Aggregate Demand, Idle Time, and Unemployment

Pascal Michaillat, Emmanuel Saez

NBER Working Paper No. 18826
Issued in February 2013
NBER Program(s):   EFG   ME

This paper develops a model of unemployment fluctuations. The model keeps the architecture of the general-disequilibrium model of Barro and Grossman (1971) but takes a matching approach to the labor and product markets instead of a disequilibrium approach. On the product and labor markets, both price and tightness adjust to equalize supply and demand. Since there are two equilibrium variables but only one equilibrium condition on each market, a price mechanism is needed to select an equilibrium. We focus on two polar mechanisms: fixed prices and competitive prices. When prices are fixed, aggregate demand affects unemployment: with a higher aggregate demand, firms find more customers; this reduces the idle time of their employees and thus increases their labor demand; and this reduces unemployment. We combine the predictions of the model and empirical measures of product market tightness, labor market tightness, output, and employment to assess the sources of labor market fluctuations in the US. First, we find that the product market and labor market tightnesses fluctuate a lot, which implies that the fixed-price equilibrium describes the data better than the competitive-price equilibrium. Next, we find that labor market tightness and employment are positively correlated, which suggests that labor market fluctuations are mostly due to labor demand shocks and not to labor supply or mismatch shocks. Last, we find that product market tightness and output are positively correlated, which suggests that the labor demand shocks mostly reflect aggregate demand shocks and not technology shocks.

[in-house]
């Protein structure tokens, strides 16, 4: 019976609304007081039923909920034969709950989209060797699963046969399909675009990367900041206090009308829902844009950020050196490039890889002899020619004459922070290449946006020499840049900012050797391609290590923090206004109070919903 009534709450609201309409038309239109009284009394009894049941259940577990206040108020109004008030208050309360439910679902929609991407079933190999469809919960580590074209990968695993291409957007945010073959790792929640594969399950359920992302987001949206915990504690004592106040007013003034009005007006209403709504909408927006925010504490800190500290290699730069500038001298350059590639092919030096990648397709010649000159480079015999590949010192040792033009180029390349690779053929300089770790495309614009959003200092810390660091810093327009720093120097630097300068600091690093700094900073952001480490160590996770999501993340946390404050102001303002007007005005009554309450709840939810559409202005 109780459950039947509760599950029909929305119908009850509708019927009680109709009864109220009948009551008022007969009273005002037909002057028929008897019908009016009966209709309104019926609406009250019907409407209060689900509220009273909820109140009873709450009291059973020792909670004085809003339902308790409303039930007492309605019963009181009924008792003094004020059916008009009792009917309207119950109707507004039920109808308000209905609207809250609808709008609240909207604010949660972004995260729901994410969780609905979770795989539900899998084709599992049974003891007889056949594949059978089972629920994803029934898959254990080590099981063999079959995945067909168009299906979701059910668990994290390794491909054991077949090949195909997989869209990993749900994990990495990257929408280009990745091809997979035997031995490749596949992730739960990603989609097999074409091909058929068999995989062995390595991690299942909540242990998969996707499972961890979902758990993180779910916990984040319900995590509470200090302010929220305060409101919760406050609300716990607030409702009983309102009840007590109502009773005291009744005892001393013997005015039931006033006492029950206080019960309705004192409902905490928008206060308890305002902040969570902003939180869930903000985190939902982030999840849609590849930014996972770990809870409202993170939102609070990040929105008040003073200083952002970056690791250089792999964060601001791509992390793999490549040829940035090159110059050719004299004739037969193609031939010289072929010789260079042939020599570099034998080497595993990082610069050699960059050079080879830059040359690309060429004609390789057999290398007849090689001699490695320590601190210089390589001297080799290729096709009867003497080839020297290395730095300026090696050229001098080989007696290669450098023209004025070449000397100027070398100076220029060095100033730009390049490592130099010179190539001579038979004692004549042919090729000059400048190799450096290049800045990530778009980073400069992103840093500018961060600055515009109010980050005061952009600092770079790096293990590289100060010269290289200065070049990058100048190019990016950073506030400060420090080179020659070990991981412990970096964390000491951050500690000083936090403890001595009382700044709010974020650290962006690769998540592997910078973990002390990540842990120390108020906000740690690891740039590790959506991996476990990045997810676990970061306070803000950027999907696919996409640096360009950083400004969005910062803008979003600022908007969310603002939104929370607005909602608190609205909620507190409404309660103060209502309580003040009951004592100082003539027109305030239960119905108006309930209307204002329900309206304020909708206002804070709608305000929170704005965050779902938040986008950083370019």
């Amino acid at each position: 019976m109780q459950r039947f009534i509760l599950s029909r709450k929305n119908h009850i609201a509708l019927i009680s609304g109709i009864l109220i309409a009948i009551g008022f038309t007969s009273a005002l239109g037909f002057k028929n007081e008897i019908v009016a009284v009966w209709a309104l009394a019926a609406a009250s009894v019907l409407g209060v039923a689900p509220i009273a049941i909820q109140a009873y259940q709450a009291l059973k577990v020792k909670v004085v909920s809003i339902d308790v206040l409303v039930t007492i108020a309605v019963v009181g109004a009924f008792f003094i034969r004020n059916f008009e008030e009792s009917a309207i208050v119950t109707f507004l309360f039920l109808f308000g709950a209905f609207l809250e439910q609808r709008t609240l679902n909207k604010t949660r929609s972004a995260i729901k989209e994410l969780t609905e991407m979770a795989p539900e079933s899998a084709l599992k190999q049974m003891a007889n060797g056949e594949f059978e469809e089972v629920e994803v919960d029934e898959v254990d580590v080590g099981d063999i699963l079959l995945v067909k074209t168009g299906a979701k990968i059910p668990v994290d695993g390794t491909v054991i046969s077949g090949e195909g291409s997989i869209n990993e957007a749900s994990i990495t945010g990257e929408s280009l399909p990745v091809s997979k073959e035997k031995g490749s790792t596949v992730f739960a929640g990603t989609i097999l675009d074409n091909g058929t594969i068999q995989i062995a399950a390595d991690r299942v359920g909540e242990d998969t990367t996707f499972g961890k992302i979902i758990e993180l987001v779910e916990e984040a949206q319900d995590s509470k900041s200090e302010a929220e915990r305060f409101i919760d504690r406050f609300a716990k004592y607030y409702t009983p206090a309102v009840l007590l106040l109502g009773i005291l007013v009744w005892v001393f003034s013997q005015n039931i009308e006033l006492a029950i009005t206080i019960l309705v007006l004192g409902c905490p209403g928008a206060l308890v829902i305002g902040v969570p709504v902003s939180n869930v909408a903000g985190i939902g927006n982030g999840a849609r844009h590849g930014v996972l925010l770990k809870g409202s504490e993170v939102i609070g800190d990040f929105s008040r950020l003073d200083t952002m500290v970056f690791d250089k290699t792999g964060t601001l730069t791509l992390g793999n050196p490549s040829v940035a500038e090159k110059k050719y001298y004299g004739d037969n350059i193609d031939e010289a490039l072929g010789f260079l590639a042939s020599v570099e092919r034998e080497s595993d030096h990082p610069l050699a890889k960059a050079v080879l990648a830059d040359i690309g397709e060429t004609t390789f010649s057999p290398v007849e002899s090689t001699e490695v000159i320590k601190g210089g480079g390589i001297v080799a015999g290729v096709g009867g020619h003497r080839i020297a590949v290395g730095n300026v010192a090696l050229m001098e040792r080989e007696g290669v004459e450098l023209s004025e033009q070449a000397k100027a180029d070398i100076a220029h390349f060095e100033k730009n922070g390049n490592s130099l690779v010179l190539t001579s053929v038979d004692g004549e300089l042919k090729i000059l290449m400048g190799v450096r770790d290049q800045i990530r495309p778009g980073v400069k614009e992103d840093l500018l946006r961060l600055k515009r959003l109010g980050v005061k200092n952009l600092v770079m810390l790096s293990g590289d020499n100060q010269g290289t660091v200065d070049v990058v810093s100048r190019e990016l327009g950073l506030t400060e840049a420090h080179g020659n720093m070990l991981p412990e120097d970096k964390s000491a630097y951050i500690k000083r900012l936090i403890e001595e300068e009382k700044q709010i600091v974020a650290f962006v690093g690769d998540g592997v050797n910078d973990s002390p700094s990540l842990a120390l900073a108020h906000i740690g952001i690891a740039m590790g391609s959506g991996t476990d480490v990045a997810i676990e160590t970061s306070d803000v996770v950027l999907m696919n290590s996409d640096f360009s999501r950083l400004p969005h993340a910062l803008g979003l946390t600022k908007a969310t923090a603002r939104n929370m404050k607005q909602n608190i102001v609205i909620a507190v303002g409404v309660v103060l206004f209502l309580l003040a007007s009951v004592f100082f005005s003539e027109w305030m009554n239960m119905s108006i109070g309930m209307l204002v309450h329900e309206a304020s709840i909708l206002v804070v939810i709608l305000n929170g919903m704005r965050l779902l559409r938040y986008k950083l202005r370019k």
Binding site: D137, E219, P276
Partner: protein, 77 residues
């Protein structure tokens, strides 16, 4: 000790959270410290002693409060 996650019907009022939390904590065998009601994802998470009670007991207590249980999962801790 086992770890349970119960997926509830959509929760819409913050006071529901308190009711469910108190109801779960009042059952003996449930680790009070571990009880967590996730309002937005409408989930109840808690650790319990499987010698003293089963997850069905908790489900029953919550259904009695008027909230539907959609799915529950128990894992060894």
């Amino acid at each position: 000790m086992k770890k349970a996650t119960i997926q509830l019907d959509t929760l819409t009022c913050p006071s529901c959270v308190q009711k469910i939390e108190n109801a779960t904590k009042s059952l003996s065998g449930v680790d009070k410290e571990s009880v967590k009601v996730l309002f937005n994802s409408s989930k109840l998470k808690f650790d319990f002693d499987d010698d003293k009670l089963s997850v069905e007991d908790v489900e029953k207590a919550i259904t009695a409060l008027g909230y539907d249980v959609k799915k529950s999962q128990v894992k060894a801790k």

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This paper was revised on January 27, 2015

Machine-readable bibliographic record - MARC, RIS, BibTeX

Document Object Identifier (DOI): 10.3386/w18826

Published: Pascal Michaillat & Emmanuel Saez, 2015. "Aggregate Demand, Idle Time, and Unemployment," The Quarterly Journal of Economics, Oxford University Press, vol. 130(2), pages 507-569. citation courtesy of

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